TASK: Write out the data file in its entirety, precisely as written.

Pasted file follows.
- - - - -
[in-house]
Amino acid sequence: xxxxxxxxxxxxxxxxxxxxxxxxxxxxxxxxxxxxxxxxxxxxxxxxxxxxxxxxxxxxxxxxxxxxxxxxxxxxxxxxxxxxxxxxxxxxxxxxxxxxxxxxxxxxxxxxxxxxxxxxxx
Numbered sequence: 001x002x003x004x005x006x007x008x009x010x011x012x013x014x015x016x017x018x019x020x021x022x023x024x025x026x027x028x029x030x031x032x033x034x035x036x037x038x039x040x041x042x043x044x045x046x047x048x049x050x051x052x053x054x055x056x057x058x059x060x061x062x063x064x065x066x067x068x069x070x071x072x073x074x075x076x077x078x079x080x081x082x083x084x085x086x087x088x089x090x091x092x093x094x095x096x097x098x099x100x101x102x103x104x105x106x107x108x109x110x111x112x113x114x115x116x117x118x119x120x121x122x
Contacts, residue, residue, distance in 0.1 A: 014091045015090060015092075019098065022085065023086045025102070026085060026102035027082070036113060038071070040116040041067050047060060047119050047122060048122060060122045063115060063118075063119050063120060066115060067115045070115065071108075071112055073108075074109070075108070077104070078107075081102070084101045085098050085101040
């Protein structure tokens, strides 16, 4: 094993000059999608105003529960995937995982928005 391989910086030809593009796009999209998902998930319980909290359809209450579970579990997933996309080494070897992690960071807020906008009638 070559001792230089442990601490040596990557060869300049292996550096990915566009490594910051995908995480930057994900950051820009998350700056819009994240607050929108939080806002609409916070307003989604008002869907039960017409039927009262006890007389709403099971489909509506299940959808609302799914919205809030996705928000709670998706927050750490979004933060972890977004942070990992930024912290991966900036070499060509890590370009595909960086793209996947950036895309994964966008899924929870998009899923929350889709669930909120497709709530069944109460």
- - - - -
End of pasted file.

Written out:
[in-house]
Amino acid sequence: xxxxxxxxxxxxxxxxxxxxxxxxxxxxxxxxxxxxxxxxxxxxxxxxxxxxxxxxxxxxxxxxxxxxxxxxxxxxxxxxxxxxxxxxxxxxxxxxxxxxxxxxxxxxxxxxxxxxxxxxxx
Numbered sequence: 001x002x003x004x005x006x007x008x009x010x011x012x013x014x015x016x017x018x019x020x021x022x023x024x025x026x027x028x029x030x031x032x033x034x035x036x037x038x039x040x041x042x043x044x045x046x047x048x049x050x051x052x053x054x055x056x057x058x059x060x061x062x063x064x065x066x067x068x069x070x071x072x073x074x075x076x077x078x079x080x081x082x083x084x085x086x087x088x089x090x091x092x093x094x095x096x097x098x099x100x101x102x103x104x105x106x107x108x109x110x111x112x113x114x115x116x117x118x119x120x121x122x
Contacts, residue, residue, distance in 0.1 A: 014091045015090060015092075019098065022085065023086045025102070026085060026102035027082070036113060038071070040116040041067050047060060047119050047122060048122060060122045063115060063118075063119050063120060066115060067115045070115065071108075071112055073108075074109070075108070077104070078107075081102070084101045085098050085101040
């Protein structure tokens, strides 16, 4: 094993000059999608105003529960995937995982928005 391989910086030809593009796009999209998902998930319980909290359809209450579970579990997933996309080494070897992690960071807020906008009638 070559001792230089442990601490040596990557060869300049292996550096990915566009490594910051995908995480930057994900950051820009998350700056819009994240607050929108939080806002609409916070307003989604008002869907039960017409039927009262006890007389709403099971489909509506299940959808609302799914919205809030996705928000709670998706927050750490979004933060972890977004942070990992930024912290991966900036070499060509890590370009595909960086793209996947950036895309994964966008899924929870998009899923929350889709669930909120497709709530069944109460």